July 14, 2020

Humpback Whales and Southern Resident Killer Whales Swim the Sunny Strait of Juan de Fuca

SRKW Swim Strait of Juan de Fuca

Olivia | M/V Sea Lion | JUly 14, 2020 | 13:30

Every moment of our trip was a picture-perfect day out on the water. From the minute we left the dock we were graced with sharp views of Mount Baker [volcano] towering over the islands, a full bodied Mount Rainier [volcano] greeting us in the Strait of Juan de Fuca, as well as the entirety of the Olympic Mountain Range silhouetting the South.

We took a sneak peek at some Harbor Seals hauled out near Turn Island before spotting Harbor Porpoise swimming outside of Griffin Bay. After continuing South through the Strait of Juan de Fuca we boated down to Hein Bank where there were TWO Humpback Whales foraging together through the glassy seas. One of these two individuals was BCY0057, Niagara, a female with mostly black underneath her tail fluke. Averaging 4 to 5-minute dives, we watched as they fluked in unison multiple times; drips of salt water and sunshine cascading off as they fully submerged below the surface.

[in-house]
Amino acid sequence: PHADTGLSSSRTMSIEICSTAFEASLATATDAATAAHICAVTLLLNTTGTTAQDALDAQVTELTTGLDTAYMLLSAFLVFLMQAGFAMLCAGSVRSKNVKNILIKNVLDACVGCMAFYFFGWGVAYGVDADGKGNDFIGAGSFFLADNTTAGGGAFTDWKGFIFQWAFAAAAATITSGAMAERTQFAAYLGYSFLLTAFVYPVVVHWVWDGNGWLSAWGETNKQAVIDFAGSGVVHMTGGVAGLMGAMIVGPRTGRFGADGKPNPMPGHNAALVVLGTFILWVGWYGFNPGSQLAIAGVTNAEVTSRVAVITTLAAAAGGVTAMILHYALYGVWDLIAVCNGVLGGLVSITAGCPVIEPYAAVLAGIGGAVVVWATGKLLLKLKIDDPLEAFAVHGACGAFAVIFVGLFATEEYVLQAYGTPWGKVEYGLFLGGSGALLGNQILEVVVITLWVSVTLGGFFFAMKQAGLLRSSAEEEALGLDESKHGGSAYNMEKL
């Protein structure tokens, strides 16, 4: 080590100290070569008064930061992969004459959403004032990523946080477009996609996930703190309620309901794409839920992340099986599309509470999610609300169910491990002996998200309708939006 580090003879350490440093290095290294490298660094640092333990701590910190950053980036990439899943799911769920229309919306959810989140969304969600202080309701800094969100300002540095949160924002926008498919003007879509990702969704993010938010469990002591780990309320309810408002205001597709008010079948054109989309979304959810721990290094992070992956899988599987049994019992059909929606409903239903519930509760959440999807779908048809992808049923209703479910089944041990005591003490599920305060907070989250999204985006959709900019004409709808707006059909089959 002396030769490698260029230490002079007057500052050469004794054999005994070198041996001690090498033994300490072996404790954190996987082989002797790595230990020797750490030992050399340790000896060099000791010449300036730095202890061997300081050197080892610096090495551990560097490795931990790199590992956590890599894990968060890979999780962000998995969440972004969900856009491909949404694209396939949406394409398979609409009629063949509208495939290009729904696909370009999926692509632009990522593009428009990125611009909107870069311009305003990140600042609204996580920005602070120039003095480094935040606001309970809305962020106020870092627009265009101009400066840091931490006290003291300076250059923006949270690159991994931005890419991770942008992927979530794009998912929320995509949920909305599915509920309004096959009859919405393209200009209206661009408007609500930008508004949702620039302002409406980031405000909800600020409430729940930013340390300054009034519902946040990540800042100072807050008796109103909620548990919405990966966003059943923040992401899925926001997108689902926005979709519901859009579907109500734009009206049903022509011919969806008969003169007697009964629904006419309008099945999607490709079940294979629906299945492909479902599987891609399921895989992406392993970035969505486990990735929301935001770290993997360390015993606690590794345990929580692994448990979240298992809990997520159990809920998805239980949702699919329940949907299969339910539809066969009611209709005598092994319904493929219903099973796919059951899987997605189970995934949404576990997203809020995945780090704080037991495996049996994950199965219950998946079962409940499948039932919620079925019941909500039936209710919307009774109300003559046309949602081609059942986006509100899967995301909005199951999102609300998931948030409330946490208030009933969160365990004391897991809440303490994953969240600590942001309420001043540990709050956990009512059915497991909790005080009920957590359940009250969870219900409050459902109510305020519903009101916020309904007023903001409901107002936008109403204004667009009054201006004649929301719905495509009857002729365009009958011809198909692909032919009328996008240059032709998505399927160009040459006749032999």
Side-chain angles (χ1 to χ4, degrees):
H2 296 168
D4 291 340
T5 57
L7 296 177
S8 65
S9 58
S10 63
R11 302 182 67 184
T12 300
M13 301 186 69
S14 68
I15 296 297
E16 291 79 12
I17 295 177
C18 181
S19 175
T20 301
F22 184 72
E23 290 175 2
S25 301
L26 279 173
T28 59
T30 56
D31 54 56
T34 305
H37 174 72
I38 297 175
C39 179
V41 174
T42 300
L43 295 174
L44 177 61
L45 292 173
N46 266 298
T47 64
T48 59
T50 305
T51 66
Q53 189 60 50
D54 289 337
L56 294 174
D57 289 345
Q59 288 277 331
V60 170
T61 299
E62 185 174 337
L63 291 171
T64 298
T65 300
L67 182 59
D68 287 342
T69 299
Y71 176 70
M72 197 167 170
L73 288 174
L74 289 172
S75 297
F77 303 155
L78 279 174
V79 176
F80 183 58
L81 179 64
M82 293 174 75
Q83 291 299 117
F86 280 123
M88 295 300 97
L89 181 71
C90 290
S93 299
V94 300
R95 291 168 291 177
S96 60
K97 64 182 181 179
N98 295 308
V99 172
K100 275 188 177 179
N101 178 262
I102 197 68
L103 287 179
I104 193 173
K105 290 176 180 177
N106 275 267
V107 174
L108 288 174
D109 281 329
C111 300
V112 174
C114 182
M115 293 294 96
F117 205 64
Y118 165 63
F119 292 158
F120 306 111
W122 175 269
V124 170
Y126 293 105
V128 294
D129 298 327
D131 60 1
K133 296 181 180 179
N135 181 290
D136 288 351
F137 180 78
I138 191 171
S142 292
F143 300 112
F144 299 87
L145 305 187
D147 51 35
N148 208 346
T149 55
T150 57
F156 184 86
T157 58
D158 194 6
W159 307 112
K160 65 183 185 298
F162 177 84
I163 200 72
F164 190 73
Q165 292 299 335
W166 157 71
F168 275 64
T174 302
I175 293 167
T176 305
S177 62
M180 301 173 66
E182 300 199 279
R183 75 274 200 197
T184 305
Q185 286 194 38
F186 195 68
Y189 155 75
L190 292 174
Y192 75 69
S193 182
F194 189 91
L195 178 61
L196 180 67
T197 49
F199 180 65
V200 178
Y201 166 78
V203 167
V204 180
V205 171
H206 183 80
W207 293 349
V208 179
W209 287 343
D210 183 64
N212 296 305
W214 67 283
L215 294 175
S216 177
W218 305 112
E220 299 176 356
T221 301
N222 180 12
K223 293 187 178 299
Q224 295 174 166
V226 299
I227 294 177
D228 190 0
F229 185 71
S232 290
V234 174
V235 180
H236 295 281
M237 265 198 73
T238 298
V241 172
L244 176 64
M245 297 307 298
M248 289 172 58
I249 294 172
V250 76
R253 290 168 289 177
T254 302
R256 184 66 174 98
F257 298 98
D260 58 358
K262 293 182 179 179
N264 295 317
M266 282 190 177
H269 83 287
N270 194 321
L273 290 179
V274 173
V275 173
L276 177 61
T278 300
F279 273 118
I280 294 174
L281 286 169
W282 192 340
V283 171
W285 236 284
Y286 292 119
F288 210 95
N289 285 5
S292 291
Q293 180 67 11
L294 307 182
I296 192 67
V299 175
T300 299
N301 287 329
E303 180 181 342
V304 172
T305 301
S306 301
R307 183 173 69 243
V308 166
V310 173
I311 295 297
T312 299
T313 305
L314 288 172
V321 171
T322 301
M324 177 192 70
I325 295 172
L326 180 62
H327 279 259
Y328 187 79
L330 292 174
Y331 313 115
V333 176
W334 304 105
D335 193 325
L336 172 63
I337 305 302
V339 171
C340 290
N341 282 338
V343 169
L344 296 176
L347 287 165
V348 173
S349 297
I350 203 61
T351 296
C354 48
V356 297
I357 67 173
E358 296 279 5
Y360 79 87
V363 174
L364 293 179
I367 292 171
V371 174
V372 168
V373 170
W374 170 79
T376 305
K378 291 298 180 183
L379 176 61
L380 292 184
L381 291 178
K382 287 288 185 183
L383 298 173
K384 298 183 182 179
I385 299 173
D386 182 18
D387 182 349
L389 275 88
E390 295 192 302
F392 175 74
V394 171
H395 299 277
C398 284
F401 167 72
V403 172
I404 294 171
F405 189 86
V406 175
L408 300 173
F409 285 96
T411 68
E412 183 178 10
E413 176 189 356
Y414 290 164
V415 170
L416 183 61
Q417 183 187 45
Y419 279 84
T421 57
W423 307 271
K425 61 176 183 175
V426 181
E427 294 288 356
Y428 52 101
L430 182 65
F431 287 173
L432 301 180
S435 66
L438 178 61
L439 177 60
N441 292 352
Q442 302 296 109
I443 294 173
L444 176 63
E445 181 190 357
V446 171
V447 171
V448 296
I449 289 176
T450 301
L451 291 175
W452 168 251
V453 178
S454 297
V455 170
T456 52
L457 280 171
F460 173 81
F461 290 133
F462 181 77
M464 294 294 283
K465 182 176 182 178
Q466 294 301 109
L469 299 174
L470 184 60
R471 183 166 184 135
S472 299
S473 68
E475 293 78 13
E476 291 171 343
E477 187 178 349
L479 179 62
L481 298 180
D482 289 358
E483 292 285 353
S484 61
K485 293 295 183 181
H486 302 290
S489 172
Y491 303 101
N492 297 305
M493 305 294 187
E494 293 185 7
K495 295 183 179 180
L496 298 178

We decided to turn back towards San Juan Island in search of more whales. Sneaking up on Salmon Bank, we spotted our beloved black Dorsal Fins near the shoreline! Closer in towards South Beach lay an array of milling Southern Resident Killer Whales. It has been fantastic seeing them now for about a week and a half still in our waters, reminding Captain Sarah of the days when she first started working in the Salish Sea when their presence was an almost daily occurrence.

We spent time with the engine off watching, listening, observing them in their natural state chatting about the realization of how special this moment really was; how most people will go their entire lives never having the opportunity to see this unique ecotype. We had great chats in the warm sunshine about salmon restoration, the status on resident orcas, as well as how similar these animals really are to ourselves. I think this trip will be one of those days that stick with us for years to come.